- The greatest relative observed increase in prevalence rate between 2005 and 2015 was found for obesity in both the younger group and older patient group (98% and 73%, respectively).
- Regardless of age, the prevalence rate of dyslipidemia increased through 2012 and 2013 (~50% to 58%), and then gradually decreased in 2015 (to ~55%) in both men and women.
- In older patients, the rate difference between men and women became smaller for hypertension (from 6.1% to 1.9%, higher in women), and smoking (from 5.8% to 0.9%, higher in men) during the study period.
In this retrospective cohort study, major modifiable atherosclerotic RFs were highly prevalent among younger (aged 18-44 years) U.S. patients hospitalized for a first AMI. Over 90% of patients had at least one such RF. Significant sex and racial differences were seen for individual RFs. Prevalence rates of RFs progressively increased between 2005 and 2015, except for dyslipidemia, which increased through 2012 and 2013 and then gradually decreased until in 2015. These data can help to reduce the burden of chronic heart disease by planning appropriate preventive strategies in specific patient populations.
In her editorial comment , Safdar stresses the need for discovering clues that could guide a clinician to quickly identify an AMI when evaluating younger patients. A lower suspicion for AMI, atypical presentation and the fact that noncardiac causes of chest pain are more common in younger adults, may cause a delay in diagnosis.
She discusses lessons learned from the current study that are comparable with those found in the INTERHEART study. Both studies showed sex-risk attribution of modifiable risk factors for AMI. Hypertension, diabetes and obesity contribute to a higher risk for AMI in women, whereas smoking and dyslipidemia increased risk for AMI in men. These findings indicate that ‘consideration of these nuances could help the clinician to better risk-stratify young patients presenting with angina-equivalent symptoms’. Also, she highlights the need for better screening for AMI risk in younger patients who are often undertreated due to underestimates in standard risk stratification scores, especially in women. Young patients without a prior history of AMI are more likely to present at the time of their first AMI to a generalist rather than a cardiologist and widespread dissemination of sex-specific clues for consideration in patients with angina-equivalent symptoms is therefore critically.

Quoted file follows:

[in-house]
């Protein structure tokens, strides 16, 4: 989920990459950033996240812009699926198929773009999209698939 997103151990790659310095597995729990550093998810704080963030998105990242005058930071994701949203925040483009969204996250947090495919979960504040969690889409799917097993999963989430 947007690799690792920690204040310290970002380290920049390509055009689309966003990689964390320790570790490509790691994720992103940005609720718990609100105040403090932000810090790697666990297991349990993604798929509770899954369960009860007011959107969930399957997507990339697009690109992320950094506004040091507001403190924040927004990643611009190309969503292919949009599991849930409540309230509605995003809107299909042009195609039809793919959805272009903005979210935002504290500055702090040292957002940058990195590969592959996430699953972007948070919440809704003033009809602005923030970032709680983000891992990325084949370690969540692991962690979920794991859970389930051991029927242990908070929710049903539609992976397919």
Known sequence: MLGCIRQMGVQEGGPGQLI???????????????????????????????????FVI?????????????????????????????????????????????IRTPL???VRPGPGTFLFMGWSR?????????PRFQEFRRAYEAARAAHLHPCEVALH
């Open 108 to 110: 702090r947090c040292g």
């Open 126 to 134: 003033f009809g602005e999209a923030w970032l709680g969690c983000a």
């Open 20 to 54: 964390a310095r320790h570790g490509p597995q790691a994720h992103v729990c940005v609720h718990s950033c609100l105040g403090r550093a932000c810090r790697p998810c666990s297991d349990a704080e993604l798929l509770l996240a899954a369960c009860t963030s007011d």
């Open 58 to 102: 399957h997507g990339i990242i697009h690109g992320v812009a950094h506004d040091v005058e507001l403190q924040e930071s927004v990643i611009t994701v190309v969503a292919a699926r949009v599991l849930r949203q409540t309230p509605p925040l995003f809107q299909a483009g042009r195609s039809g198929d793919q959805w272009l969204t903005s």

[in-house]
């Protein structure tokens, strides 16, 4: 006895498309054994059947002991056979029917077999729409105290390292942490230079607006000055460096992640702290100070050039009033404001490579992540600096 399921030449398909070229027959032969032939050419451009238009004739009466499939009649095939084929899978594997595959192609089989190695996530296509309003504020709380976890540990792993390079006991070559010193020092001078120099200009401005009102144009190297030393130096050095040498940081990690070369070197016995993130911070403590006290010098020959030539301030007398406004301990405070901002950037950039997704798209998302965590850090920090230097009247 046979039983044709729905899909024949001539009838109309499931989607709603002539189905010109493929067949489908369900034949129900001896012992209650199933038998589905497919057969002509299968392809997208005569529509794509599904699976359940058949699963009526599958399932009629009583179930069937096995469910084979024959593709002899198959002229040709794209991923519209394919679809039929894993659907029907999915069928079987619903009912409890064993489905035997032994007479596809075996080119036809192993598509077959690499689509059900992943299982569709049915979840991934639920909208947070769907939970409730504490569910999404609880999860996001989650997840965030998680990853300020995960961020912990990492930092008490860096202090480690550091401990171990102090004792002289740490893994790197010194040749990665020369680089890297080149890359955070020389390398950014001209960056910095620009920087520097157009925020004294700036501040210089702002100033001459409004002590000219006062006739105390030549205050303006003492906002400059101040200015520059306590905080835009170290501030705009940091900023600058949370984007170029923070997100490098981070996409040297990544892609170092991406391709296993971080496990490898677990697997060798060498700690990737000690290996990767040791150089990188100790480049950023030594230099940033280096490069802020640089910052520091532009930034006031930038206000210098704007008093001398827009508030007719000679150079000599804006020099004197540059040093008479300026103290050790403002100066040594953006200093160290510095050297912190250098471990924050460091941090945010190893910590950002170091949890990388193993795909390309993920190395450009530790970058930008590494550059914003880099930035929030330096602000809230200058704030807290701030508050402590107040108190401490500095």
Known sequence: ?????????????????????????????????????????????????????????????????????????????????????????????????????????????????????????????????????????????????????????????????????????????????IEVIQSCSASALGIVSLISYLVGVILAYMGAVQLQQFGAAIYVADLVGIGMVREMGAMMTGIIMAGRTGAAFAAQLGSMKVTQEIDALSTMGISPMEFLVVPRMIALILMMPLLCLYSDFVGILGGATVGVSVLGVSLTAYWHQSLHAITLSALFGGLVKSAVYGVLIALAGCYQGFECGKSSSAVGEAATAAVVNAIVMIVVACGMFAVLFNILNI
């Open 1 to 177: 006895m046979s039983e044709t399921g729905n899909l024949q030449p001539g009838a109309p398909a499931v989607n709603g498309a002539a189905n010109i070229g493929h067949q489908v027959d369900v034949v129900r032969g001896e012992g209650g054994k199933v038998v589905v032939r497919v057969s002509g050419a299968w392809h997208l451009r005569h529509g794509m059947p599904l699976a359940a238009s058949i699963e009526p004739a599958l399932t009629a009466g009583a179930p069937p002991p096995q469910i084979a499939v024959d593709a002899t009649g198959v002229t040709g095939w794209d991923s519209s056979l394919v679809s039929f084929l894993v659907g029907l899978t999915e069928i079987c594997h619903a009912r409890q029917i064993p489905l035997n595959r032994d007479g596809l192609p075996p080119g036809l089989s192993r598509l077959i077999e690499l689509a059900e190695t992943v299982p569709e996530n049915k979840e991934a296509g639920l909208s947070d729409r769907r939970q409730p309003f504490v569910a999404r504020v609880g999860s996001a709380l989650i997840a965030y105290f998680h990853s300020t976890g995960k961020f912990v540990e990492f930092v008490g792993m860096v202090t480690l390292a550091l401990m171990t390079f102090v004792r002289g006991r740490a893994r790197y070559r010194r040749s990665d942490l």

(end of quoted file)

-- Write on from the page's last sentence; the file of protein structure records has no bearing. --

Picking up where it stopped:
Safdar emphasizes that it remains unknown whether risk factors are differentially linked with different phenotypes of AMI, and if their mitigation has a variable effect on primary and secondary prevention of these AMI or related outcomes. The author concludes: ‘AMI in the young is no longer a needle in the haystack, although it may present in different forms and needs newer lenses. And thus, to serve these patients better, we need to think beyond the traditional models of AMI and our search must continue for all causes of coronary ischemia.’